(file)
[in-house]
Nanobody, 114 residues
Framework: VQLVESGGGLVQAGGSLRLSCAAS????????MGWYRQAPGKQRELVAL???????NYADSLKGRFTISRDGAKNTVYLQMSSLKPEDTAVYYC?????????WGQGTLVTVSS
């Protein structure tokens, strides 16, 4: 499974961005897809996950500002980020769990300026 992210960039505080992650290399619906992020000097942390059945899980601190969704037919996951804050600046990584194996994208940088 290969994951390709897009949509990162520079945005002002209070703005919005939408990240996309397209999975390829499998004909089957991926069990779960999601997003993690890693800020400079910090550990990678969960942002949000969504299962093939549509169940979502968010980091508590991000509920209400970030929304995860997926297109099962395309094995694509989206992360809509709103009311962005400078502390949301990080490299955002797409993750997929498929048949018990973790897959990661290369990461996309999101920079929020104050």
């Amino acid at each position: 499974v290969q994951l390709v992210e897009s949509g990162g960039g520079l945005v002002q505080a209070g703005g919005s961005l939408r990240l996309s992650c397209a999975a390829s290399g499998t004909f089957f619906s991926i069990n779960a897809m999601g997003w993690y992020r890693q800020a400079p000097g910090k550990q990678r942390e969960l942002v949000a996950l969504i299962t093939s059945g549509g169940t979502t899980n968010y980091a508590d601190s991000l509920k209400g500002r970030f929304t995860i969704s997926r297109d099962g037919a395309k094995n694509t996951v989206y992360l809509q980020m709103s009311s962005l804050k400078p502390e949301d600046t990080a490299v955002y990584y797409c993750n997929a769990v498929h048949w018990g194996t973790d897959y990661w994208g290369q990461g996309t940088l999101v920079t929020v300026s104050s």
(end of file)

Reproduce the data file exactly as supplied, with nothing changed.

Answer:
[in-house]
Nanobody, 114 residues
Framework: VQLVESGGGLVQAGGSLRLSCAAS????????MGWYRQAPGKQRELVAL???????NYADSLKGRFTISRDGAKNTVYLQMSSLKPEDTAVYYC?????????WGQGTLVTVSS
């Protein structure tokens, strides 16, 4: 499974961005897809996950500002980020769990300026 992210960039505080992650290399619906992020000097942390059945899980601190969704037919996951804050600046990584194996994208940088 290969994951390709897009949509990162520079945005002002209070703005919005939408990240996309397209999975390829499998004909089957991926069990779960999601997003993690890693800020400079910090550990990678969960942002949000969504299962093939549509169940979502968010980091508590991000509920209400970030929304995860997926297109099962395309094995694509989206992360809509709103009311962005400078502390949301990080490299955002797409993750997929498929048949018990973790897959990661290369990461996309999101920079929020104050």
């Amino acid at each position: 499974v290969q994951l390709v992210e897009s949509g990162g960039g520079l945005v002002q505080a209070g703005g919005s961005l939408r990240l996309s992650c397209a999975a390829s290399g499998t004909f089957f619906s991926i069990n779960a897809m999601g997003w993690y992020r890693q800020a400079p000097g910090k550990q990678r942390e969960l942002v949000a996950l969504i299962t093939s059945g549509g169940t979502t899980n968010y980091a508590d601190s991000l509920k209400g500002r970030f929304t995860i969704s997926r297109d099962g037919a395309k094995n694509t996951v989206y992360l809509q980020m709103s009311s962005l804050k400078p502390e949301d600046t990080a490299v955002y990584y797409c993750n997929a769990v498929h048949w018990g194996t973790d897959y990661w994208g290369q990461g996309t940088l999101v920079t929020v300026s104050s």